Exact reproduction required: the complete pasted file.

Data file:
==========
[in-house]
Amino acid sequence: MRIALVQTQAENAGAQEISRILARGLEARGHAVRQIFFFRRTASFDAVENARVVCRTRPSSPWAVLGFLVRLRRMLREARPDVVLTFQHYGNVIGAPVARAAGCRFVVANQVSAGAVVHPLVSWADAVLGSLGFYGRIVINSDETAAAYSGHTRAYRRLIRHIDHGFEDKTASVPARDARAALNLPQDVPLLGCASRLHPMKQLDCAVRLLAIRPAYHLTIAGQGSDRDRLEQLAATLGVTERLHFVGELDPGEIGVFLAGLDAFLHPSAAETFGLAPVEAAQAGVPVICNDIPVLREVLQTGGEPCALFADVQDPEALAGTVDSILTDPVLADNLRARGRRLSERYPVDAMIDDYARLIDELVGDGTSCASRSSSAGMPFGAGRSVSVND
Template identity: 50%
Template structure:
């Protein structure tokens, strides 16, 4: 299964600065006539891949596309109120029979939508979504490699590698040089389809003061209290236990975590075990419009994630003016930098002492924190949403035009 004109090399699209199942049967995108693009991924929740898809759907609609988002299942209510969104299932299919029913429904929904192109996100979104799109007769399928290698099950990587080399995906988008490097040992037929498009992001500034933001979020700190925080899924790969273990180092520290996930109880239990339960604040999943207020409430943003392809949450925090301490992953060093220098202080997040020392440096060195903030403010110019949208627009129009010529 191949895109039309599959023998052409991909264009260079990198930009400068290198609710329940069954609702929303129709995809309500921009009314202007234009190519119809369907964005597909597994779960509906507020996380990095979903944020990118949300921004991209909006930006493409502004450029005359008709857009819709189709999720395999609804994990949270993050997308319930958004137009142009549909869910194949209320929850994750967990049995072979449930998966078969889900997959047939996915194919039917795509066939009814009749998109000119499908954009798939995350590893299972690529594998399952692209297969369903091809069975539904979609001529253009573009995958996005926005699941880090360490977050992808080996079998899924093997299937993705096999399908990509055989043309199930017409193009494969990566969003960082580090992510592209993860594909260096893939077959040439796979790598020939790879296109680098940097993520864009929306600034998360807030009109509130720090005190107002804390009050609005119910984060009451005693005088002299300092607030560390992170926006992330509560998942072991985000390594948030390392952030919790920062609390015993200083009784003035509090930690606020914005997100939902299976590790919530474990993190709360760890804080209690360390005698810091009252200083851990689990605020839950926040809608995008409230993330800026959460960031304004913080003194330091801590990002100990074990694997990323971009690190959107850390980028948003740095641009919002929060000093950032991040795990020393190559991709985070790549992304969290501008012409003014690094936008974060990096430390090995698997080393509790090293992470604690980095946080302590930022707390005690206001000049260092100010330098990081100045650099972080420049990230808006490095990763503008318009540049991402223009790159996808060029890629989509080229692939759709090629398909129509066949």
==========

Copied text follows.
[in-house]
Amino acid sequence: MRIALVQTQAENAGAQEISRILARGLEARGHAVRQIFFFRRTASFDAVENARVVCRTRPSSPWAVLGFLVRLRRMLREARPDVVLTFQHYGNVIGAPVARAAGCRFVVANQVSAGAVVHPLVSWADAVLGSLGFYGRIVINSDETAAAYSGHTRAYRRLIRHIDHGFEDKTASVPARDARAALNLPQDVPLLGCASRLHPMKQLDCAVRLLAIRPAYHLTIAGQGSDRDRLEQLAATLGVTERLHFVGELDPGEIGVFLAGLDAFLHPSAAETFGLAPVEAAQAGVPVICNDIPVLREVLQTGGEPCALFADVQDPEALAGTVDSILTDPVLADNLRARGRRLSERYPVDAMIDDYARLIDELVGDGTSCASRSSSAGMPFGAGRSVSVND
Template identity: 50%
Template structure:
């Protein structure tokens, strides 16, 4: 299964600065006539891949596309109120029979939508979504490699590698040089389809003061209290236990975590075990419009994630003016930098002492924190949403035009 004109090399699209199942049967995108693009991924929740898809759907609609988002299942209510969104299932299919029913429904929904192109996100979104799109007769399928290698099950990587080399995906988008490097040992037929498009992001500034933001979020700190925080899924790969273990180092520290996930109880239990339960604040999943207020409430943003392809949450925090301490992953060093220098202080997040020392440096060195903030403010110019949208627009129009010529 191949895109039309599959023998052409991909264009260079990198930009400068290198609710329940069954609702929303129709995809309500921009009314202007234009190519119809369907964005597909597994779960509906507020996380990095979903944020990118949300921004991209909006930006493409502004450029005359008709857009819709189709999720395999609804994990949270993050997308319930958004137009142009549909869910194949209320929850994750967990049995072979449930998966078969889900997959047939996915194919039917795509066939009814009749998109000119499908954009798939995350590893299972690529594998399952692209297969369903091809069975539904979609001529253009573009995958996005926005699941880090360490977050992808080996079998899924093997299937993705096999399908990509055989043309199930017409193009494969990566969003960082580090992510592209993860594909260096893939077959040439796979790598020939790879296109680098940097993520864009929306600034998360807030009109509130720090005190107002804390009050609005119910984060009451005693005088002299300092607030560390992170926006992330509560998942072991985000390594948030390392952030919790920062609390015993200083009784003035509090930690606020914005997100939902299976590790919530474990993190709360760890804080209690360390005698810091009252200083851990689990605020839950926040809608995008409230993330800026959460960031304004913080003194330091801590990002100990074990694997990323971009690190959107850390980028948003740095641009919002929060000093950032991040795990020393190559991709985070790549992304969290501008012409003014690094936008974060990096430390090995698997080393509790090293992470604690980095946080302590930022707390005690206001000049260092100010330098990081100045650099972080420049990230808006490095990763503008318009540049991402223009790159996808060029890629989509080229692939759709090629398909129509066949």